Competency, Insanity And Diminished Capacity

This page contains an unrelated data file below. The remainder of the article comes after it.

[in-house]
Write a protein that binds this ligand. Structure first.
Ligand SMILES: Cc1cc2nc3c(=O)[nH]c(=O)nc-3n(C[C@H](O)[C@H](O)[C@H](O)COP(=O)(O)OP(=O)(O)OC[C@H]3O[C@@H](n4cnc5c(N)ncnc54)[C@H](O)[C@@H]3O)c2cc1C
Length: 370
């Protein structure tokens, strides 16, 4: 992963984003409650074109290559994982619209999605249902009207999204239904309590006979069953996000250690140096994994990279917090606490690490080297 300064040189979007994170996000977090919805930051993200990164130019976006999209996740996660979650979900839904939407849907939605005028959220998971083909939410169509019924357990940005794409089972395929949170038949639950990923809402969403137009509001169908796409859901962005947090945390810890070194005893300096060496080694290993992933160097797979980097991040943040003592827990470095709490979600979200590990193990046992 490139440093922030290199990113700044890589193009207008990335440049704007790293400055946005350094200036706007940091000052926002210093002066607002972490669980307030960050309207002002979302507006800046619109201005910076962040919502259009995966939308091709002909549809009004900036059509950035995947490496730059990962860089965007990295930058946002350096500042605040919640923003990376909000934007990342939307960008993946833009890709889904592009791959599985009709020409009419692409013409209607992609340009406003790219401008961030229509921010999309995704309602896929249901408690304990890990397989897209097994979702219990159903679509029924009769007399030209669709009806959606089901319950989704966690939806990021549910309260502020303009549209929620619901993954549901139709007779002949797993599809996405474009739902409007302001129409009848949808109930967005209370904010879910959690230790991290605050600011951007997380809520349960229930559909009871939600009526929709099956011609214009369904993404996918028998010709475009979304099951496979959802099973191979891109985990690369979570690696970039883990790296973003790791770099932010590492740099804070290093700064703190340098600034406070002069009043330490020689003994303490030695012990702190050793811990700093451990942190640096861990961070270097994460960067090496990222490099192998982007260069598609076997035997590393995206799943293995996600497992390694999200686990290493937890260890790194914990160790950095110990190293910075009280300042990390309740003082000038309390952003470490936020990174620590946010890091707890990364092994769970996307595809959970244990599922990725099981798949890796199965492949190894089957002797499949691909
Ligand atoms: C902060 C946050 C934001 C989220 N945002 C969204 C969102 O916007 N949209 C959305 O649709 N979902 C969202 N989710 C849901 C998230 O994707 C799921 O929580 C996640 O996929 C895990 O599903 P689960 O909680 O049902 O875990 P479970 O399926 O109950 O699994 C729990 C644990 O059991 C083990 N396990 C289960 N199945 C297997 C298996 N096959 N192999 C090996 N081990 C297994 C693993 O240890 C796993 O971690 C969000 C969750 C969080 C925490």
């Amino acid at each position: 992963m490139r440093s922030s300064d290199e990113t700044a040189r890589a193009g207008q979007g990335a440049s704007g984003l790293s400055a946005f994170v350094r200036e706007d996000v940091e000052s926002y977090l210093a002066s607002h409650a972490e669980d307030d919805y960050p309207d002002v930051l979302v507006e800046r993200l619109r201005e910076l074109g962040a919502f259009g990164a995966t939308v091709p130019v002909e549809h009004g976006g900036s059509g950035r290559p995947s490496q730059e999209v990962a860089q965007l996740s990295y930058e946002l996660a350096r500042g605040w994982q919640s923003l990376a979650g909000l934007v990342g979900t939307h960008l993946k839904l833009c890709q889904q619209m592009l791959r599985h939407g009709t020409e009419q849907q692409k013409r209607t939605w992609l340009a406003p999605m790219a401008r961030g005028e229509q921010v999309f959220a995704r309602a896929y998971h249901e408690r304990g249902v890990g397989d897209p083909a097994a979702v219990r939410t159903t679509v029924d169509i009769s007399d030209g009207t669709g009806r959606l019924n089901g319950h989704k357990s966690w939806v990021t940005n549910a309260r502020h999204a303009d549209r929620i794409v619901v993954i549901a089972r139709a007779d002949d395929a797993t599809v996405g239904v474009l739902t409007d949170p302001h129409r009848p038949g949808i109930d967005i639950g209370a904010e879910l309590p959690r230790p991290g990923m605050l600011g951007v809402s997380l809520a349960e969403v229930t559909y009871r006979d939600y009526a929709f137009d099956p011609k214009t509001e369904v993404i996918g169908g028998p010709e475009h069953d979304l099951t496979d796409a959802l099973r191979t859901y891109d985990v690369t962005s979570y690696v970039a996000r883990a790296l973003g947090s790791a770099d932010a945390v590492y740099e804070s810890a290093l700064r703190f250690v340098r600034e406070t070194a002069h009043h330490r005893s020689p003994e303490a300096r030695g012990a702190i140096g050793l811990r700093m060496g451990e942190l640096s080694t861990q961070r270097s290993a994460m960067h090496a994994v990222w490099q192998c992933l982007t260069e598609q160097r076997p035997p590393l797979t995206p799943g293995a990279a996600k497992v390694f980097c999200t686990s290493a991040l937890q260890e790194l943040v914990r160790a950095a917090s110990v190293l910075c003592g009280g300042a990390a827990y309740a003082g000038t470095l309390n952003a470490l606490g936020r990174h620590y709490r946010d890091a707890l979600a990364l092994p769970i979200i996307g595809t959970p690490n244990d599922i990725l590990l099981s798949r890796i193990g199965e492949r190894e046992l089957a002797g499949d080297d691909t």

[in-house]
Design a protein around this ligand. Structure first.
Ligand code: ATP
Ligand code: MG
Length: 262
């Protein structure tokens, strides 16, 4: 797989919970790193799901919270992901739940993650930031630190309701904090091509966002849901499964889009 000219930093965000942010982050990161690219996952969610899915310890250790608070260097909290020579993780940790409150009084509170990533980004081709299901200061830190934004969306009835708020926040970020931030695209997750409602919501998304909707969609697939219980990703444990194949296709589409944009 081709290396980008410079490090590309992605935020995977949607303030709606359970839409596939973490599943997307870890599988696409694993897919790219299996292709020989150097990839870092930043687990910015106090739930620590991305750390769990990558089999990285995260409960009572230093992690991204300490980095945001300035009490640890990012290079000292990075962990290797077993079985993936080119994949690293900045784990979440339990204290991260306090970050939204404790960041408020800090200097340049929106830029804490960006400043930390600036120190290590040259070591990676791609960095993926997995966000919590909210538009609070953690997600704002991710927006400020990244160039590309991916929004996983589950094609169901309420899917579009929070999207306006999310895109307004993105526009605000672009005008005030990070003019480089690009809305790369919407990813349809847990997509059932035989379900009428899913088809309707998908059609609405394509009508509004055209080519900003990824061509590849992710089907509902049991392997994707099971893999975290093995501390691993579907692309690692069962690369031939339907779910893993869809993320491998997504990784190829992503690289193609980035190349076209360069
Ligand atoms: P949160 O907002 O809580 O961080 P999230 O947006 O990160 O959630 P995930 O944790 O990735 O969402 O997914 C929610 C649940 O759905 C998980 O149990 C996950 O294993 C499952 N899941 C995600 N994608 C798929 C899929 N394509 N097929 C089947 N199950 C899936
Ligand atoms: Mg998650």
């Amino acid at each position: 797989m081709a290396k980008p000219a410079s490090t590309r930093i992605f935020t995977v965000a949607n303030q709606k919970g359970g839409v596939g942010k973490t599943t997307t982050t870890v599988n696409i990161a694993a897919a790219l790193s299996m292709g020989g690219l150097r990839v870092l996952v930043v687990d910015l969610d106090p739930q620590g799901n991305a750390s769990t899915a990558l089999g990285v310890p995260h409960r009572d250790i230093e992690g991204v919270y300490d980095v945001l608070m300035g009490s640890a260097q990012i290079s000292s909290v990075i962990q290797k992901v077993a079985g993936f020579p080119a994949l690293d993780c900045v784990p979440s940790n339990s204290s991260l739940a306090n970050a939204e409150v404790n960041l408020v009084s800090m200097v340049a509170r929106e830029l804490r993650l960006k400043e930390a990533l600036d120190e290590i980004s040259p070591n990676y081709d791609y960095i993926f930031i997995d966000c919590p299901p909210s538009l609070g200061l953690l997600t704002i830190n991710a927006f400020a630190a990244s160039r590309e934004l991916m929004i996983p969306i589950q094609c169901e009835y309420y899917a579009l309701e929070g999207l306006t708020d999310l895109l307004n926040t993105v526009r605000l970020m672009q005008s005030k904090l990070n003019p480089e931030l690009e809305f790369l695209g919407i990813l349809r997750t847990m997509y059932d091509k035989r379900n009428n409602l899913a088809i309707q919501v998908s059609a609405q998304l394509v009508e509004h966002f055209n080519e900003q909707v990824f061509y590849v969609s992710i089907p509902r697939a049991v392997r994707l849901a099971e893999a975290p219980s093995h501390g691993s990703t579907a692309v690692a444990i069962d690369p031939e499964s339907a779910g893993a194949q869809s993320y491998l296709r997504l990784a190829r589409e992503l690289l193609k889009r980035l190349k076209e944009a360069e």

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Psychology and the Law Unit 6 Project Competency to Stand Trial Evaluation By Ruth Jones (R.J.) According to Fulero andWrightsman (2005). There are five (5) instruments commonly used to assess a persons competency. They are usually called ‘test’, but they are in fact semi-structural interviews. There is the (CST) Competency Screening Test. This is a 22 item sentence completion task developed by Lipsitt, Lelos nad McGarry (1971). And used as an initial screening for incompetency. Fulero, Wrightsman (2005). The answers for this test are scored (2) competent and (1) marginally competent, or (0) incompetent. The scores range from 0 to 44. If the respondent scores a 20 or below, it indicated that he or she should be given more comprehensive evaluations. Next, we’ll examine the (CAI). Competency Assessment Instrument. This is a structured interview that last about an hour and that explores 13 aspects of competent functioning. The scores range from (1) total incapacity to (5), no incapacity. The mental health professional has to appraise where the individual stands on a number of qualities, such as how he or she relates to the attorney, their ability to testify relevantly, how well they appreciate the charges and the possible penalties and their ability to realistically assess the outcome of the trial. Many of these are similar to the goals of the (CST). The (FIT-R) Fitness Interview Test. Originally called the Inter-disciplinary Fitness Interview was developed by Roesch and Golding. Fulero & Wrightsman (2005). The revised version includes questions on three (3) main topics. 1. Understanding of the proceedings 2. Understanding the consequences of the proceedings 3. The defendants ability to communicate with counsel. According to
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